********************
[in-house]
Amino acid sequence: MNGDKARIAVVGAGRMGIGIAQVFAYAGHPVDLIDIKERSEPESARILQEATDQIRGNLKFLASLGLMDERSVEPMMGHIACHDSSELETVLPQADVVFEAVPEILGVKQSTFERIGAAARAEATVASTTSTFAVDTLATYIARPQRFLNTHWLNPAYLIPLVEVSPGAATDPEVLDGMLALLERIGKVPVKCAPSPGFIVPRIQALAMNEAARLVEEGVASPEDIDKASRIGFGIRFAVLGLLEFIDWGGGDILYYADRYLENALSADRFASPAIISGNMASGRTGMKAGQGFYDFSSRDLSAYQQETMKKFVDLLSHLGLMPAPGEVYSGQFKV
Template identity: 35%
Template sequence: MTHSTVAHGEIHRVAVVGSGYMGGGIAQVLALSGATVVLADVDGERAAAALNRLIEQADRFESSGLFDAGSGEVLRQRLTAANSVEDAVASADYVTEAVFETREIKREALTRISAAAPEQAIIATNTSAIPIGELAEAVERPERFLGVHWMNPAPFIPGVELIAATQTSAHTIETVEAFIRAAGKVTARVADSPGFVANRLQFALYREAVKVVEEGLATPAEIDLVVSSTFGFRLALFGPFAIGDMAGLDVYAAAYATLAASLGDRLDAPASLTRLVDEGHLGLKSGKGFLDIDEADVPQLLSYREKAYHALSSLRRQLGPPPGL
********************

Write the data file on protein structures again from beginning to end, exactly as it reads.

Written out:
[in-house]
Amino acid sequence: MNGDKARIAVVGAGRMGIGIAQVFAYAGHPVDLIDIKERSEPESARILQEATDQIRGNLKFLASLGLMDERSVEPMMGHIACHDSSELETVLPQADVVFEAVPEILGVKQSTFERIGAAARAEATVASTTSTFAVDTLATYIARPQRFLNTHWLNPAYLIPLVEVSPGAATDPEVLDGMLALLERIGKVPVKCAPSPGFIVPRIQALAMNEAARLVEEGVASPEDIDKASRIGFGIRFAVLGLLEFIDWGGGDILYYADRYLENALSADRFASPAIISGNMASGRTGMKAGQGFYDFSSRDLSAYQQETMKKFVDLLSHLGLMPAPGEVYSGQFKV
Template identity: 35%
Template sequence: MTHSTVAHGEIHRVAVVGSGYMGGGIAQVLALSGATVVLADVDGERAAAALNRLIEQADRFESSGLFDAGSGEVLRQRLTAANSVEDAVASADYVTEAVFETREIKREALTRISAAAPEQAIIATNTSAIPIGELAEAVERPERFLGVHWMNPAPFIPGVELIAATQTSAHTIETVEAFIRAAGKVTARVADSPGFVANRLQFALYREAVKVVEEGLATPAEIDLVVSSTFGFRLALFGPFAIGDMAGLDVYAAAYATLAASLGDRLDAPASLTRLVDEGHLGLKSGKGFLDIDEADVPQLLSYREKAYHALSSLRRQLGPPPGL